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Operators Discuss Satellite Industry

04/18/2012

Two satellite industry panels were held during the 28th National Space Symposium on Wednesday morning, April 18. Both were hosted by Space News Editor Warren Ferster. The Part I covered:

David Bernstein, senior vice president - program management, Space Systems/Loral: The commercial satellite business is solid and the marketplace looks good for moderate growth. Even though sequestration won't directly affect the commercial business, it will affect suppliers, which will have an impact. ITAR is a daily issue that we've learned to deal with; it's just a part of doing business. But, we'd love to see it changed and satellites moved back to commerce. As a commercial contractor, we are on our own for R&D, so we plough our own profits back in for innovation, improvements and development.

Jeffrey D. Grant, sector vice president and general manager - space systems, Northrop Grumman Aerospace Systems: The market looks flat over next few years; we are dealing with this by focusing on affordability and manufacturing efficiencies. There is potential damage of sequestration to the satellite manufacturing industry - the process of slowing, stopping and restarting can be very damaging. As advanced AEHF enters the production phase and there are fewer new projects, we risk losing skilled R&D employees. Currently, we are dealing with it by assigning them to adjacencies, but long term, this could be an issue. Consolidation makes more efficient use of limited resources.

Maj. Gen. Craig Cooning, USAF, Ret., vice president and general manager, Boeing Space and Intelligence Systems: We are making up for decline in defense business with increases in commercial business, including hosted payloads. No one wants sequestration, but we believe that sanity will creep back into the process. WGS is more aligned with the commercial marketplace, which has made the program less expensive and more robust. Industry needs to work hard to pull down the recurring cost of satellites to create headroom for more R&D. We think the administration is moving in the right direction with ITAR reform.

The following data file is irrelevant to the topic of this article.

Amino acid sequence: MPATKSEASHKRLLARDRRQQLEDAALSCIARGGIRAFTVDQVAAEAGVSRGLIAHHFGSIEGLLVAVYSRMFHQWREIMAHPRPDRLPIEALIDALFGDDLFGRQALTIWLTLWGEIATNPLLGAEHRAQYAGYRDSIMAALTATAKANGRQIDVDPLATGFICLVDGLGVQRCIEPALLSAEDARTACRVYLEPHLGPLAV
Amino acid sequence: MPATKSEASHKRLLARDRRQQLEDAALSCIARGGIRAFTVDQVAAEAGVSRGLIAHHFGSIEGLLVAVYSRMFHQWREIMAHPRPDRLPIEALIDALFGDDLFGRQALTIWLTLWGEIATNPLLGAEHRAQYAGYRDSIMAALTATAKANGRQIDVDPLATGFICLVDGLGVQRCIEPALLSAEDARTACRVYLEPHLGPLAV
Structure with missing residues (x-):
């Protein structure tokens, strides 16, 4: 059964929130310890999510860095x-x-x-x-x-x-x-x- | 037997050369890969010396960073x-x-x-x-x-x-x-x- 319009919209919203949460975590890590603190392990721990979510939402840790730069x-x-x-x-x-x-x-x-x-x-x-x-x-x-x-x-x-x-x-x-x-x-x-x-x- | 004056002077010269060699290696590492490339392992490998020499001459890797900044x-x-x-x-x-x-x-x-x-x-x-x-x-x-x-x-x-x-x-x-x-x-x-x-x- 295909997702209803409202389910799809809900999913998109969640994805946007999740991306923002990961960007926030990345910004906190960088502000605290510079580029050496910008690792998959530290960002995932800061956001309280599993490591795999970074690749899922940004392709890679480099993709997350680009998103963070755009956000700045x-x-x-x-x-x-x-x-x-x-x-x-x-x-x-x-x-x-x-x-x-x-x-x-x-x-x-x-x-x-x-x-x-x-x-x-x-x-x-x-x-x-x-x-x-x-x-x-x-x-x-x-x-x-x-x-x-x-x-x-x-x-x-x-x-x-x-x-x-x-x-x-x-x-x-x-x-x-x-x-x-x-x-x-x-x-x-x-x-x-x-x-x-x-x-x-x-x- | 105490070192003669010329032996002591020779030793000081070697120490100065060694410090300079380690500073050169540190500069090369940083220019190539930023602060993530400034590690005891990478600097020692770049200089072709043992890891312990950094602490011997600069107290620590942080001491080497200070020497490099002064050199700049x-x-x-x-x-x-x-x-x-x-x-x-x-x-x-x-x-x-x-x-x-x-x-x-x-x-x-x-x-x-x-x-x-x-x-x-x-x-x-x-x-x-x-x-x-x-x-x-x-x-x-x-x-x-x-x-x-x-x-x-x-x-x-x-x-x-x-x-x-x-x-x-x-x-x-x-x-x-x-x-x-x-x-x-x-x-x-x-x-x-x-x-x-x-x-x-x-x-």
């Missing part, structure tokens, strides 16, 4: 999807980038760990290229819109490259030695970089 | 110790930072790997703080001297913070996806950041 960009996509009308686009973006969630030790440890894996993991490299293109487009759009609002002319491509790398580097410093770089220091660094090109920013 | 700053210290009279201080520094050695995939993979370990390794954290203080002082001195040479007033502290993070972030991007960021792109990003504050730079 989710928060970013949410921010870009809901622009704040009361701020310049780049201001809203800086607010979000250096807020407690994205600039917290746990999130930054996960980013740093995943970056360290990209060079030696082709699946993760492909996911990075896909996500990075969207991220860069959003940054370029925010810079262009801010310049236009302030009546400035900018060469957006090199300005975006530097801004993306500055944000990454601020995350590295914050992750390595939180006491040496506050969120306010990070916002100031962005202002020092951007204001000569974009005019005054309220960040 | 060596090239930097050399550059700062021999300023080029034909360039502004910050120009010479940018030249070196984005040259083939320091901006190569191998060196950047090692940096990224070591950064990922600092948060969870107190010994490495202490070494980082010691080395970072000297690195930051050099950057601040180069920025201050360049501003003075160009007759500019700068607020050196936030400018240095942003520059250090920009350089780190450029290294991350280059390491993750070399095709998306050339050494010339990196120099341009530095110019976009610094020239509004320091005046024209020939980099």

Frederick J. Doyle, Jr., vice president and corporate lead executive for the defense and intelligence community, Ball Aerospace & Technologies Corp.: We're trying to make the sequestration issue "very personal," by addressing potential jobs lost. Ball made a concerted effort to get close to customers who have research dollars, so we are engaged with many research organizations and serve as a transition partner. There is always a risk that the small will be eaten by the big, but we like to look at it as "the fast will eat the slow."

Mark Valerio, vice president and general manager - surveillance and navigation, Lockheed Martin Space Systems: A diverse portfolio helps to level the work and revenue; our focus is also affordability and efficiency. GPS affords an opportunity to produce a large number of satellites, which will create economies of scale and a better supply base. The Air Force's back-to-basics approach has created a few upfront issues because suppliers haven't wanted to supply parts for testing, but the upfront testing will pay huge dividends. We now insert capability when it is ready; in the past we have had issues when we have tried to introduce technology before it's ready. Current environment is similar to the 90s, which would indicate that there will be industry consolidations.

See video here.

Pictured: Bernstein, Doyle, Cooning, Grant, Valerio

 

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